We've been warned about strange ATMs at convenience stores or machines on wheels that only record bank card information but never dispense cash.
Now the thieves have changed their game.
Clearwater police recently arrested two Chicago men on charges they rigged ATMs, including in the most unlikely of places — two Regions bank machines.
Strange ATMs we get. But an ATM at the bank itself?
I spoke to our friends at HowStuffWorks.com, who published tips about spotting a hacked ATM, as well as the U.S. Secret Service, to help consumers guard their cash against ATM "skimming."
Skimming involves use of devices that fit on the ATM card slot and read information off a card's magnetic strip. A small camera on the device or somewhere else on or around the ATM records PINs as customers press the keypad.
Even with recent card skimming problems, stick to bank ATMs rather than random machines.
"You don't know who owns those," said John Joyce, special agent in charge of the U.S. Secret Service Tampa field office. "Use legitimate bank ATMs. If possible, go inside the bank and use the one inside the bank."
That the men from Chicago attempted to skim bank card information from a bank ATM "is a little surprising," says Marshall Brain, founder of HowStuffWorks.com. "Most bank ATMs are attached physically to the bank. Many of them have rooms that you go into and many of those rooms have video monitoring.
"Either they're not looking at the video monitoring or (the thieves) are just doing it so quickly it's imperceptible," he said.
So Brain says along with picking an ATM that is attached to the bank building, be sure that the bank is vigilant about monitoring that ATM. In some cases, he said, thieves will put an entire fake front on ATMs that go without monitoring to record consumer information.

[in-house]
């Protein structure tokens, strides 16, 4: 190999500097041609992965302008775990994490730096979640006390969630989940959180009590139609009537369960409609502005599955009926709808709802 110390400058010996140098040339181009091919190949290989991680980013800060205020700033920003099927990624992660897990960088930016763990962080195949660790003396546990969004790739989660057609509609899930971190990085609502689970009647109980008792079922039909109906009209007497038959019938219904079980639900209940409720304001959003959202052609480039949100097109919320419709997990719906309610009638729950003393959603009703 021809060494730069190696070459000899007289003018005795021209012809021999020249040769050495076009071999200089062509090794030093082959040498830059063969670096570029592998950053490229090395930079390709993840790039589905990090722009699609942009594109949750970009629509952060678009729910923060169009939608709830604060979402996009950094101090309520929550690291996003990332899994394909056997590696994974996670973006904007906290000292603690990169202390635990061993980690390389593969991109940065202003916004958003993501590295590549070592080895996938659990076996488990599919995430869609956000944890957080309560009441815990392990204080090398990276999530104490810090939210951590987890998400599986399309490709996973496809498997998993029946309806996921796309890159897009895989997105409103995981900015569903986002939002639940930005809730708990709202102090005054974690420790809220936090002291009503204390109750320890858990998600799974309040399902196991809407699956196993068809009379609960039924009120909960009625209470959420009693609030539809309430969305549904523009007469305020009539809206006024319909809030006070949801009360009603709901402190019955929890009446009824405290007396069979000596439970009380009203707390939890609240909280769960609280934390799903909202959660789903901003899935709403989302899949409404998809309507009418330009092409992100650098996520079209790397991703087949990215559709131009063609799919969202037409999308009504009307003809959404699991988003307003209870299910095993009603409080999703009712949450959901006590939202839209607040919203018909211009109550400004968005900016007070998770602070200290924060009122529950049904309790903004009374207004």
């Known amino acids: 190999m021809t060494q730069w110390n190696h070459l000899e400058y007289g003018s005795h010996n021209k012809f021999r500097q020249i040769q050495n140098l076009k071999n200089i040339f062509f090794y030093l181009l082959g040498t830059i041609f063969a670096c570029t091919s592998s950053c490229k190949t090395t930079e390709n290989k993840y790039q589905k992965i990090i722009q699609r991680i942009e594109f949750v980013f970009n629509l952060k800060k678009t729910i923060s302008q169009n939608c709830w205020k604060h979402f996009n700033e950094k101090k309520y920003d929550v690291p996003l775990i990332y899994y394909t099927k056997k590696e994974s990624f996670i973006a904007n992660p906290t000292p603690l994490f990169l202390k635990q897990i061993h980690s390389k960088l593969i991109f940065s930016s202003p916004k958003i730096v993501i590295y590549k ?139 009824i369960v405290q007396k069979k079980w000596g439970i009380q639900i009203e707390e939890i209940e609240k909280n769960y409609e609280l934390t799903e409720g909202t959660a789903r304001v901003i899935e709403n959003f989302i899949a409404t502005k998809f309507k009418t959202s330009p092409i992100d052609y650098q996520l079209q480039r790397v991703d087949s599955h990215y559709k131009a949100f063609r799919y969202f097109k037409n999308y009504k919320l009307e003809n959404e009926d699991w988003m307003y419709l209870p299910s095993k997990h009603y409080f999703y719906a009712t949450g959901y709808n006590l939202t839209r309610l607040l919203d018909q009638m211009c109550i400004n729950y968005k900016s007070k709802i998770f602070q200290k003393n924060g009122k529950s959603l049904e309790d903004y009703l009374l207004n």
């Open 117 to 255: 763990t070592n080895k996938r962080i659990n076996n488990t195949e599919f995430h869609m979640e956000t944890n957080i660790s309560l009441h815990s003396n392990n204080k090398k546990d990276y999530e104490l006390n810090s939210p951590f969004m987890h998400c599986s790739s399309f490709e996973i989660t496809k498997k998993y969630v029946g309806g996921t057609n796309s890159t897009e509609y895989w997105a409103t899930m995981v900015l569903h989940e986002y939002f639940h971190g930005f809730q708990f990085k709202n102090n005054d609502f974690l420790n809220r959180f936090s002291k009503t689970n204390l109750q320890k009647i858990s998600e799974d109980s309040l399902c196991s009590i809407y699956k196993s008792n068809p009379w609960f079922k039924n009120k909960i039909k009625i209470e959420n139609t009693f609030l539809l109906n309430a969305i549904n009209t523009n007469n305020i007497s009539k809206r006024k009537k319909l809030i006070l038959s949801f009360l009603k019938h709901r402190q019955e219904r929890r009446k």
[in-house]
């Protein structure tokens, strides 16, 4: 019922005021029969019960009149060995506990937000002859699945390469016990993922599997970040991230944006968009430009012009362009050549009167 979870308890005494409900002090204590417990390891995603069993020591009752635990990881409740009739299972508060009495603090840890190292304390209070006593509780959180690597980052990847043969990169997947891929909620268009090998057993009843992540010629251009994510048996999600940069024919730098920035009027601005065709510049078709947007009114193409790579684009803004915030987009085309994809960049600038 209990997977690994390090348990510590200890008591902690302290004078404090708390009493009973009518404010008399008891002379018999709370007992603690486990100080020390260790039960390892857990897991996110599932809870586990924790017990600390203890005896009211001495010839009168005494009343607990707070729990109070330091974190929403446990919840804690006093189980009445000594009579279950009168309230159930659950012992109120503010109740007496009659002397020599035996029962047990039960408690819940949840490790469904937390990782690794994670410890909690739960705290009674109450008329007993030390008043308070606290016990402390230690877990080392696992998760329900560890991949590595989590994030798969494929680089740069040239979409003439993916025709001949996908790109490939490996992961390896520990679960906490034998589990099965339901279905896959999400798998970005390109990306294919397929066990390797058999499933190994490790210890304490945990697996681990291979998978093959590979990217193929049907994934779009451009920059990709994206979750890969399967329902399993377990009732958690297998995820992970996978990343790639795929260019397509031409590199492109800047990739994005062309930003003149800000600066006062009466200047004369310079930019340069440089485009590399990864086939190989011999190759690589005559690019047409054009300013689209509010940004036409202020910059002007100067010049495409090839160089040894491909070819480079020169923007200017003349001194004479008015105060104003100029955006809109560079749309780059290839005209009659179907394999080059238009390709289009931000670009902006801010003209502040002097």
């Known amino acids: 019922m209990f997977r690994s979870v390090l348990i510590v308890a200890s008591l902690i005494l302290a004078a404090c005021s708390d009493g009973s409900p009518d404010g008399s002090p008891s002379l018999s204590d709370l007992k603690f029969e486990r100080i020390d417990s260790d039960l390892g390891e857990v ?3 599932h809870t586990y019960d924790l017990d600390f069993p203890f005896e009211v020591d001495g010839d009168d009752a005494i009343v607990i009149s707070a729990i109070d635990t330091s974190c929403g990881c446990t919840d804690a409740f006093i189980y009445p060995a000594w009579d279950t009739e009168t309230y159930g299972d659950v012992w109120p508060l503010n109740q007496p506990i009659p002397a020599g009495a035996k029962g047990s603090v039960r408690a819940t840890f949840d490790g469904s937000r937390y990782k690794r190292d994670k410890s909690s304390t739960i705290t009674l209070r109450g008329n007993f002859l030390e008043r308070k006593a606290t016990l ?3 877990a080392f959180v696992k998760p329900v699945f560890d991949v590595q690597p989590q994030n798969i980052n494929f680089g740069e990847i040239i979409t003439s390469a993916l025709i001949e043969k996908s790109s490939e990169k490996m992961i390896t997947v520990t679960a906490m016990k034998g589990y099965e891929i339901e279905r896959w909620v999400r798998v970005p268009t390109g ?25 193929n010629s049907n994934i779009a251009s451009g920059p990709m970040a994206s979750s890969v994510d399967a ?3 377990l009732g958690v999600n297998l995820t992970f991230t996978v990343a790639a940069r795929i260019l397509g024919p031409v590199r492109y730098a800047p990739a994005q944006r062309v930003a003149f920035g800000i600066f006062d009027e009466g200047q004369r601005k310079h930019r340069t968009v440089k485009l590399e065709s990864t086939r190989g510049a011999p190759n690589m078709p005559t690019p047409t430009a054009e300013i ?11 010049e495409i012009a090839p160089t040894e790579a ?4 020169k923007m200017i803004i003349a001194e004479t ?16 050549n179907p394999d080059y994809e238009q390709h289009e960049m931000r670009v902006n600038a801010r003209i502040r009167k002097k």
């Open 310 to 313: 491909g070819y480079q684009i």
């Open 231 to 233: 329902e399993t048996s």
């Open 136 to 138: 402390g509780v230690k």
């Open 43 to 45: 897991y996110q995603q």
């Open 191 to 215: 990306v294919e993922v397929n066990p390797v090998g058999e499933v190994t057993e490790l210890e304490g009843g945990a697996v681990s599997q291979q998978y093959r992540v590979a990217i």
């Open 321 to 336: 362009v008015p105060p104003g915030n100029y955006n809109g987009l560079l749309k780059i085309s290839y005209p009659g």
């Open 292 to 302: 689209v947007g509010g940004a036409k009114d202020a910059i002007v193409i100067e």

It all means adding more vigilance to our daily activities. But with practice, it'll become second nature. For now, these protections are about is good as it gets, Brain said, "unless you want to raise the stakes and use biometrics" — things such as retinal scans, fingerprints or some other physically unique identifier.
Otherwise, here's the Edge on how to identify a hacked ATM:
• Check the card slot. Give the slot a tug to make sure it's not shaky. If it moves, it could be a fake slot attached the real one.
• Look for cameras. Thieves often have cameras hidden on the keypad or other location to record your PIN.
• Look for an extra keypad. Make sure there is no overlay placed on top of the original keypad. These fake keypads sometimes have cameras hidden in them.
• Cover your hand when entering your PIN.
Ivan Penn can be reached at firstname.lastname@example.org or (727) 892-2332. Follow him on Twitter at www.twitter.com/Consumers_Edge and find the Consumer's Edge on Facebook.